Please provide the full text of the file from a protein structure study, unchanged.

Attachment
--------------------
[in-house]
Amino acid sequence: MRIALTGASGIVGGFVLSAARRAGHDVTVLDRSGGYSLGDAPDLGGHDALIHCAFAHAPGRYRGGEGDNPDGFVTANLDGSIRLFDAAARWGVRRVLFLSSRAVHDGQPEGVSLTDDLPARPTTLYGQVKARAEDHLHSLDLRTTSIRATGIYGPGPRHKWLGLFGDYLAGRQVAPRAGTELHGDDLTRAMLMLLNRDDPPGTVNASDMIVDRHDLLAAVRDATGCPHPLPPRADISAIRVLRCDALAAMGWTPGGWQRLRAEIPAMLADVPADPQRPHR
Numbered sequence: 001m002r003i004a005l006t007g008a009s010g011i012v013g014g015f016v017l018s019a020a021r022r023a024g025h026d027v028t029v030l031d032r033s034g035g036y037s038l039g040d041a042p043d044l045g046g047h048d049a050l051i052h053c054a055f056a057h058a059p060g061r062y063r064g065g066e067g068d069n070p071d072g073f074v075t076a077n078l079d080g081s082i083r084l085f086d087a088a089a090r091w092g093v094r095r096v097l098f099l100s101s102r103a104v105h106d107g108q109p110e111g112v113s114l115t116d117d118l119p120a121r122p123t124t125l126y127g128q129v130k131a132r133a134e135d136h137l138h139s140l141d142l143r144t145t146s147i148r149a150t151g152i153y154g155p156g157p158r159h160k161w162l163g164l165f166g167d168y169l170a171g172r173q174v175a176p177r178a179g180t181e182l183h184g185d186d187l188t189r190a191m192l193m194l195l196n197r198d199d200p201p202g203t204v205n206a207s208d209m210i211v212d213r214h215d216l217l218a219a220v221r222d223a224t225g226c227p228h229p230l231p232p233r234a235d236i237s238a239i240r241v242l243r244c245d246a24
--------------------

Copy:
[in-house]
Amino acid sequence: MRIALTGASGIVGGFVLSAARRAGHDVTVLDRSGGYSLGDAPDLGGHDALIHCAFAHAPGRYRGGEGDNPDGFVTANLDGSIRLFDAAARWGVRRVLFLSSRAVHDGQPEGVSLTDDLPARPTTLYGQVKARAEDHLHSLDLRTTSIRATGIYGPGPRHKWLGLFGDYLAGRQVAPRAGTELHGDDLTRAMLMLLNRDDPPGTVNASDMIVDRHDLLAAVRDATGCPHPLPPRADISAIRVLRCDALAAMGWTPGGWQRLRAEIPAMLADVPADPQRPHR
Numbered sequence: 001m002r003i004a005l006t007g008a009s010g011i012v013g014g015f016v017l018s019a020a021r022r023a024g025h026d027v028t029v030l031d032r033s034g035g036y037s038l039g040d041a042p043d044l045g046g047h048d049a050l051i052h053c054a055f056a057h058a059p060g061r062y063r064g065g066e067g068d069n070p071d072g073f074v075t076a077n078l079d080g081s082i083r084l085f086d087a088a089a090r091w092g093v094r095r096v097l098f099l100s101s102r103a104v105h106d107g108q109p110e111g112v113s114l115t116d117d118l119p120a121r122p123t124t125l126y127g128q129v130k131a132r133a134e135d136h137l138h139s140l141d142l143r144t145t146s147i148r149a150t151g152i153y154g155p156g157p158r159h160k161w162l163g164l165f166g167d168y169l170a171g172r173q174v175a176p177r178a179g180t181e182l183h184g185d186d187l188t189r190a191m192l193m194l195l196n197r198d199d200p201p202g203t204v205n206a207s208d209m210i211v212d213r214h215d216l217l218a219a220v221r222d223a224t225g226c227p228h229p230l231p232p233r234a235d236i237s238a239i240r241v242l243r244c245d246a24